Quit pushin JanelleHaving a long-standing fascination with “classical” faces, Bill says art should invoke emotion. To Bill, the pinnacle is the female face.

“You can make a gnarly, gruff old man pretty easy. But to have a beautiful face, that is always the pinnacle,” he said. “It is something I am always reaching for. I am still learning. I hope to die still learning.”

Bill’s love of sculpture came from his grandfather, who enjoyed whittling.

“It was all with knives, and he made his own chisels,” Bill said. “He would make folk arty stuff. I started with that when I was 14. I took some art classes in high school, but gave it up for building construction because I figured I needed a skill to make a living.”

Bill read a lot, especially about Michelangelo.

“Art isn’t simply something pretty, art should mean something,” he said. “To me, the ultimate goal is create something of substance in a piece, trying to make it look like it has importance to whoever sees it.”

Making a bold impression is Bill’s goal at the pumpkin carving contest. He has also found this change in medium somewhat “liberating.”

WOOD SPIRIT carvings are one of Bill's signature pieces of work.

WOOD SPIRIT carvings are one of Bill's signature pieces of work.

“I am not going into this with the preconceived notion that it has to be serious. I’ve never done a goofy face like those two over there on a piece of wood. I never thought to, but I might now,” he said. “I don’t think I would have gone in that direction with a piece of wood. Pumpkin is allowing me a little more freedom. The lack of permanence is liberating. It allows me to not worry as much of this piece being in a gallery. It’s just what I want to do. It’s fleeting and fast compared to wood or stone. Unlike wood, you can take off too much pumpkin in a hurry.”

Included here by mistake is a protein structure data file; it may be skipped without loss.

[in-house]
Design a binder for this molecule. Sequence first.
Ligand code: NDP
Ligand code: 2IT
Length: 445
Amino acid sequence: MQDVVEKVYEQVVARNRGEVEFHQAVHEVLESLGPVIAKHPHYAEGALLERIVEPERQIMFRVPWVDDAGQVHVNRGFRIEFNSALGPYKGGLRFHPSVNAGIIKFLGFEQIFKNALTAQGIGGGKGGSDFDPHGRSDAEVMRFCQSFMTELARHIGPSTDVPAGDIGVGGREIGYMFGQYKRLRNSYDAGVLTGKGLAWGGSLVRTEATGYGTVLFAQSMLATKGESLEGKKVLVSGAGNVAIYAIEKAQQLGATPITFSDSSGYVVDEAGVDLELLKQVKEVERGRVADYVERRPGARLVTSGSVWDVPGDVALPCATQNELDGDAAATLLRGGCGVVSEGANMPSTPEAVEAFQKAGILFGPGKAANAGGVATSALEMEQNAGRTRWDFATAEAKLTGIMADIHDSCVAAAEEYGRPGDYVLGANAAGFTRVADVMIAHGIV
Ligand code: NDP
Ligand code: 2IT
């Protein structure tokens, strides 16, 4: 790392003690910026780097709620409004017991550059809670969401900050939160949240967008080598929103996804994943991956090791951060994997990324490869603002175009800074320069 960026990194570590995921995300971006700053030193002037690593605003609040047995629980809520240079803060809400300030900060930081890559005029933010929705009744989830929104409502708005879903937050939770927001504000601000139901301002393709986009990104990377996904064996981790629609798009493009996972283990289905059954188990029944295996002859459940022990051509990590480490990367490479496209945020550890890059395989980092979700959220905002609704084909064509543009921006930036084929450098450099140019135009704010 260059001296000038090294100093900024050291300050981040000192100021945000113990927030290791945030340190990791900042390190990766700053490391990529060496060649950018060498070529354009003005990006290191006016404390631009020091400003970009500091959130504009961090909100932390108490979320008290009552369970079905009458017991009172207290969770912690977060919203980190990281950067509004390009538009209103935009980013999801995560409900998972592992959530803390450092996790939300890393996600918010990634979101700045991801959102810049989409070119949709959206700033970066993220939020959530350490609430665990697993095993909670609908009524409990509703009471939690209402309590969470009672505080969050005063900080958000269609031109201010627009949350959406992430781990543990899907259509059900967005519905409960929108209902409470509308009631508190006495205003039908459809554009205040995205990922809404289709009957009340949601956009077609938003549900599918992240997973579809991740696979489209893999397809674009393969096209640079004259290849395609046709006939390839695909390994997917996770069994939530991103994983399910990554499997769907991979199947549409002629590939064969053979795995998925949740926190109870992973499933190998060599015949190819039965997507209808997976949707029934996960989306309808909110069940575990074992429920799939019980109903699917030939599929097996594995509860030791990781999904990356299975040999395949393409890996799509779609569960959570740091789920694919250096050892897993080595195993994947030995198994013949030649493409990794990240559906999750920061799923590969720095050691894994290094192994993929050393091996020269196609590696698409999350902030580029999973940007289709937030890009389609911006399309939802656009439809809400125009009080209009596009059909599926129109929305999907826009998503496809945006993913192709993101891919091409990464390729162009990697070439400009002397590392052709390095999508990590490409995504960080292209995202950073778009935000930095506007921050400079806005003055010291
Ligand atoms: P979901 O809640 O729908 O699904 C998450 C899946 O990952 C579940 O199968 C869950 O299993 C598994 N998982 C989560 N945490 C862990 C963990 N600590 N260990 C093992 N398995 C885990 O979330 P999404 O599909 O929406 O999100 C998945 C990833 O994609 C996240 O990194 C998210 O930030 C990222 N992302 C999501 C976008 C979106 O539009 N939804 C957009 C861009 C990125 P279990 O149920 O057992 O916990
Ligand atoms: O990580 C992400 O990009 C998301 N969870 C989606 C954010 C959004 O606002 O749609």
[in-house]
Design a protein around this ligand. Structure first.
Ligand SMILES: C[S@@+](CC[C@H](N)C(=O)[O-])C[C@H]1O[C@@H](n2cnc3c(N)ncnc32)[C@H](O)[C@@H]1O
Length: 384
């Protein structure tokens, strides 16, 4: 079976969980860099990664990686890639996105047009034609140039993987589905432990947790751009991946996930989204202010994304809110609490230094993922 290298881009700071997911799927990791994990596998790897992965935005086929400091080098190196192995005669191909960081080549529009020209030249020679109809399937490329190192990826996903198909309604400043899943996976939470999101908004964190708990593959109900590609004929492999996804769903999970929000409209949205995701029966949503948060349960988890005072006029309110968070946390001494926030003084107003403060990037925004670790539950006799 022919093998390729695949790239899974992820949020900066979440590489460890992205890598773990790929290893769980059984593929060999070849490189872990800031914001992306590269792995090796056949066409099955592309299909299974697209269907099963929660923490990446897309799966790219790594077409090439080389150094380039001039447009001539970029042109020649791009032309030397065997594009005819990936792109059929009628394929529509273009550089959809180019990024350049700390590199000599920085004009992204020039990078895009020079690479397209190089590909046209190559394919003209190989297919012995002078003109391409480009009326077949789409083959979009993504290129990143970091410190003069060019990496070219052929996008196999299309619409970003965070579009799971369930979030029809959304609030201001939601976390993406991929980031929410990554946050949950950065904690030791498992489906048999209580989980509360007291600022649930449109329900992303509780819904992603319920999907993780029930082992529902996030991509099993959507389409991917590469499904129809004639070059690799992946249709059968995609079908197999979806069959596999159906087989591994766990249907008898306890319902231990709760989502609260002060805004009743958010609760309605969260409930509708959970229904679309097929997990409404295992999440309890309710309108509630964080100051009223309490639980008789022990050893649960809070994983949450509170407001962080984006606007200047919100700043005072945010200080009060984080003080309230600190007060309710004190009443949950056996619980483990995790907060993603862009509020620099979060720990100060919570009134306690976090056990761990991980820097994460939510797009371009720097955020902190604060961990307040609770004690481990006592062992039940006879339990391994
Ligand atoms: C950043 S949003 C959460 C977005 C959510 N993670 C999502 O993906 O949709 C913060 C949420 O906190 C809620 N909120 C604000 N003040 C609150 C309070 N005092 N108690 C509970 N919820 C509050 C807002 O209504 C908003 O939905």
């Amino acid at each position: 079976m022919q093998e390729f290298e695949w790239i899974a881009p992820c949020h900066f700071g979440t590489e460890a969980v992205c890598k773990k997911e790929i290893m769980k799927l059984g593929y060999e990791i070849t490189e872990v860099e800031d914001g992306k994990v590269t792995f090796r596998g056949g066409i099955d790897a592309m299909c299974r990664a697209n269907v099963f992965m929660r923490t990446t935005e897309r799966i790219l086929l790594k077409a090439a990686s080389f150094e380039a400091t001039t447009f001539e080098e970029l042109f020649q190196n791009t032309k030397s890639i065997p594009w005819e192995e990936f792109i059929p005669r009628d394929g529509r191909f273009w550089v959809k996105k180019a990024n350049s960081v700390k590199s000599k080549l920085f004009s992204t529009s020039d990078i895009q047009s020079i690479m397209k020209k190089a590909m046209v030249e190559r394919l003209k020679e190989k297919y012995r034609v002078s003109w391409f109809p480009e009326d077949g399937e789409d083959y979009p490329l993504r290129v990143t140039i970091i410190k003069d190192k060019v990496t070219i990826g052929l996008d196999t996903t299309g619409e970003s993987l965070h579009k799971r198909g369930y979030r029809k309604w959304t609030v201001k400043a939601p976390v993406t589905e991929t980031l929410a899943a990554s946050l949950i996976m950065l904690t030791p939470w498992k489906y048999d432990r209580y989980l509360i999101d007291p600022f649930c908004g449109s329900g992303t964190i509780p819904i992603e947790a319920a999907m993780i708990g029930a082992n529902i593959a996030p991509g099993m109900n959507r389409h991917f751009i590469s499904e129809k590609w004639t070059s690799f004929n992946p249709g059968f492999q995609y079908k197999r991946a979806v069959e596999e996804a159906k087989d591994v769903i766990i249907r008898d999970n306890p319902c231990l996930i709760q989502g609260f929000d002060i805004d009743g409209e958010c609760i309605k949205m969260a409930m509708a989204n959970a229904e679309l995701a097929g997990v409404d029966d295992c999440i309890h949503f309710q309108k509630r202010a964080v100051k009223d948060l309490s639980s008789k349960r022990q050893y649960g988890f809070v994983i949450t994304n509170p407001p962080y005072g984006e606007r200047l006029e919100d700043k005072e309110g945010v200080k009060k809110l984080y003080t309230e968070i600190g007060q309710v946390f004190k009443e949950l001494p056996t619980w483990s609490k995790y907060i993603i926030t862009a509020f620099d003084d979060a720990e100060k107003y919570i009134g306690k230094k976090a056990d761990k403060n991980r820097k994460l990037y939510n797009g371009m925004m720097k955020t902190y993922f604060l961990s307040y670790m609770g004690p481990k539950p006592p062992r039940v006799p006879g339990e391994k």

Bill is no real fan of power tools, which makes this contest right up his creative alley.

“I like chisels,” he said. “For these carvings, I am using a number of tools that are actually used for wax and clay. I do use a couple of woodcarving tools, ones I am not really attached to. The problem with wood chisels is that they go a little too fast. Oops in a heart beat. What I really like is that there aren’t a whole lot of tools involved.”

Just as he researches the viability of certain woods in relation to sculpting, Bill also studied ways to preserve pumpkins once they are carved.

“Vaseline is applied to the face to prevent moisture from whisking out,” Bill said. “The cleaner with bleach keeps the little microbes in check for a little bit of time. Of course, this wonderful heat we had proved a little challenging. When I heard it was going to be a bit cool at night, I left a window open.”

Bill has dabbled with his face ideas in between his serious sculpting in his West Bridgton studio.

“I hope to do this every year,” he said. “It’s a learning tool. It will be interesting to see how pumpkin carving influences my sculpting.”

Win or lose at the Pumpkin Festival, Bill Janelle is simply enjoying the experience and looking forward to talking with other artists.